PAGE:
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How To Cure Athletes Foot In 1 Minute

November 8, 2019


So called because it often affects those who
wear sweaty, smelly shoes for long hours, athlete’s foot is a fungal infection that
develops on the skin between toes (and looks and feels itchy and even slimy). While it isn’t difficult to treat, it definitely
isn’t pleasant. People who get athlete’s foot also tend
to frequent the warm, moist places where the contagious fungus abounds — like locker
and shower rooms or pools — which is why Florida-based dermatologist Todd Minars suggests
drying the toe webs thoroughly post-shower and not walking barefoot in those shared spaces. In this video we share our top tips for curing
athletes foot, we’ve also included links in the description to any remedies mentioned,
so make sure you check those out. At number 1 is Lamisil Athlete’s Foot Antifungal
Cream. Across the board, Lamisil was recommended
by almost all the experts I spoke to as the best topical product for treating athlete’s
foot. Available in cream and gel form, it’s a
powerful, broad-spectrum antifungal that Maral K. Skelsey — the director of the Dermatologic
Surgery Center of Washington — says is helpful because it does double duty in killing fungus
and stopping its growth. “It is well-absorbed into the outer layer
of the skin, which is where athlete’s foot lives. A cream formulation is good for someone with
dry skin, whereas the gel or spray is preferable for anyone whose feet perspire a lot.” At number 2 is Lotrimin AF Athlete’s Foot
Deodorant Antifungal Powder Spray. Anything containing the antifungal miconazole
can be helpful, too, like Lotrimin’s popular foot products, which come in both spray and
powder form. Dermatologist Tsippora Shainhouse of the Dermatology
Institute & Skin Care Center says miconazole is most effective at killing both yeast and
fungus, and can be used twice a day for two to three weeks for the best results. At number 3 is Zeasorb Antifungal Treatment
Powder. Zeasorb antifungal powder was another popular
recommendation, since experts tell me that its drier, powdery finish is ideal for treating
athlete’s foot, rather than something that will make your feet wetter and swampier. Skelsey suggests applying this between your
toes and right inside your shoes for the best results. At number 4 is Tinactin Athlete’s Foot Super
Absorbent Powder. Podiatrist Dana Canuso likes something similar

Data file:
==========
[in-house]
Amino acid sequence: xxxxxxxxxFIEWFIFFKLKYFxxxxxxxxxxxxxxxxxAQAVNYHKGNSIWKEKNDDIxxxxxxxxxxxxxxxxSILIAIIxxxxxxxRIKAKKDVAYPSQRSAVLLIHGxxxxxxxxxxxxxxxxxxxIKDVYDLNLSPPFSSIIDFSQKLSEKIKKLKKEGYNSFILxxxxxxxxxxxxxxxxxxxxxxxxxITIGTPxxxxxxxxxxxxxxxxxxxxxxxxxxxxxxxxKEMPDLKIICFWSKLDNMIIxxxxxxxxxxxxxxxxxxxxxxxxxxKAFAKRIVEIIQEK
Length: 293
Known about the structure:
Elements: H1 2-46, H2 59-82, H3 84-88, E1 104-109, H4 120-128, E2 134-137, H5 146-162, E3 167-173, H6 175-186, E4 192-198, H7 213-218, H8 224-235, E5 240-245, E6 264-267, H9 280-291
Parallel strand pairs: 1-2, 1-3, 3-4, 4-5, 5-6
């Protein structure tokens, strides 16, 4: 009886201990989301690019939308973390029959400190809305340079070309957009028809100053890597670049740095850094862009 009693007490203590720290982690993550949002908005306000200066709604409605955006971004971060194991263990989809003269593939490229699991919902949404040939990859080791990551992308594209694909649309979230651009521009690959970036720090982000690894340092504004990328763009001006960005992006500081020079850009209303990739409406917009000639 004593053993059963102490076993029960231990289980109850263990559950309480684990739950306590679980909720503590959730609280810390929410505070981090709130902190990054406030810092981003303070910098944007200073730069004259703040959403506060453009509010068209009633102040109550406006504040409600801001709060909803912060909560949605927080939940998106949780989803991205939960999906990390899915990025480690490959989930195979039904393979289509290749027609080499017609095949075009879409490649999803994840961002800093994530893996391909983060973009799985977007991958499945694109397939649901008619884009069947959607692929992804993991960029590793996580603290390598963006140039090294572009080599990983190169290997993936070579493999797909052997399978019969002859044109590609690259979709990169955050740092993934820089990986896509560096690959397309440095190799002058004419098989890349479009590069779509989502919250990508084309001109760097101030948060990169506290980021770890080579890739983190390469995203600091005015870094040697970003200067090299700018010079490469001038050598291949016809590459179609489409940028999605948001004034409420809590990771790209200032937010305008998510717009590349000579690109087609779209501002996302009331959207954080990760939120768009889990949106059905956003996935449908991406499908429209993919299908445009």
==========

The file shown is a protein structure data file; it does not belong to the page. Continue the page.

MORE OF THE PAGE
— the antifungal Tinactin powder — which she says will dry out the fungus that often
lives in sweaty shoes and can be used everyday. Shainhouse also suggested it, and says it
works on most foot fungus. At number 5 is Arm & Hammer Baking Soda. Dermatologist Paul Dean of Grossmont Dermatology
Medical Clinic says even an at-home baking-soda mixture will work because baking soda has
been shown to have antifungal properties. He recommends soaking your feet in warm water
in a large bucket or basin mixed with about a half-cup of baking soda, for about 15 minutes
twice a day. At number 6 is Vicks VapoRub Ointment. It seems unconventional, but Skelsey even
recommends Vicks VapoRub — yes, the cough suppressant — because she says it has a
mild antifungal effect and can also allow antifungals to be better absorbed into the
skin. At number 7 is Gold Mountain Beauty Fungal
Nail Eliminator. And because athlete’s foot is often linked
to toenail fungus — podiatrist Paul I. Belitz explains that bacteria, fungus, and viral
pathogens from one part of the foot can easily contaminate and reinfect another area if left
untreated — it’s helpful to use a two-pronged approach that will treat toe fungus, as well. He says that anyone who isn’t willing to
see a specialist should at least try something like Gold Mountain Beauty’s Total Foot Care
line — which sells a fungal nail eliminator — especially if you’re diabetic and more
prone to serious foot problems. At number 8 is 20% White Vinegar — 200 Grain
Vinegar Concentrate. Minars says he doesn’t typically recommend
household items for dealing with a fungal skin problem like this that can involve bacteria,
but he does find white vinegar helpful because it kills gram-negative bacteria. “You could do a 1:1 white-vinegar-to-water
solution and use it to soak your feet and then dry them thoroughly.” The drying thoroughly part is key: Canuso
says that soaking your feet might help the fungus temporarily, but can risk keeping the
area moist (and make things worse). At number 9 is Domeboro Soothing Soak Rash
Relief Powder. Another rinse solution Minars recommends is
Domeboro, which is used to calm skin irritations and rashes, so it will be useful for curbing
the itch. And at number 10 is ArtNaturals 100% Pure
Tea Tree Essential Oil. For a more natural option, Canuso and Katie
Stage — a naturopathic physician at the Southwest College of Naturopathic Medicine
and Medical Center — both like tea-tree oil because it has some antifungal and antiseptic
properties. Stage says she sees limited results with its
use alone, which is why she suggests trying a few drops of the stuff after applying something
to dry the feet first, such as arrowroot powder, and combining it with other essential oils
(a mix of oregano, thyme, and lavender). So that sums up our top tips for curing athletes
foot we hope we helped. If you have any tips of your own leave them
in the comments and drop a like on the video. Until next time have a great day.

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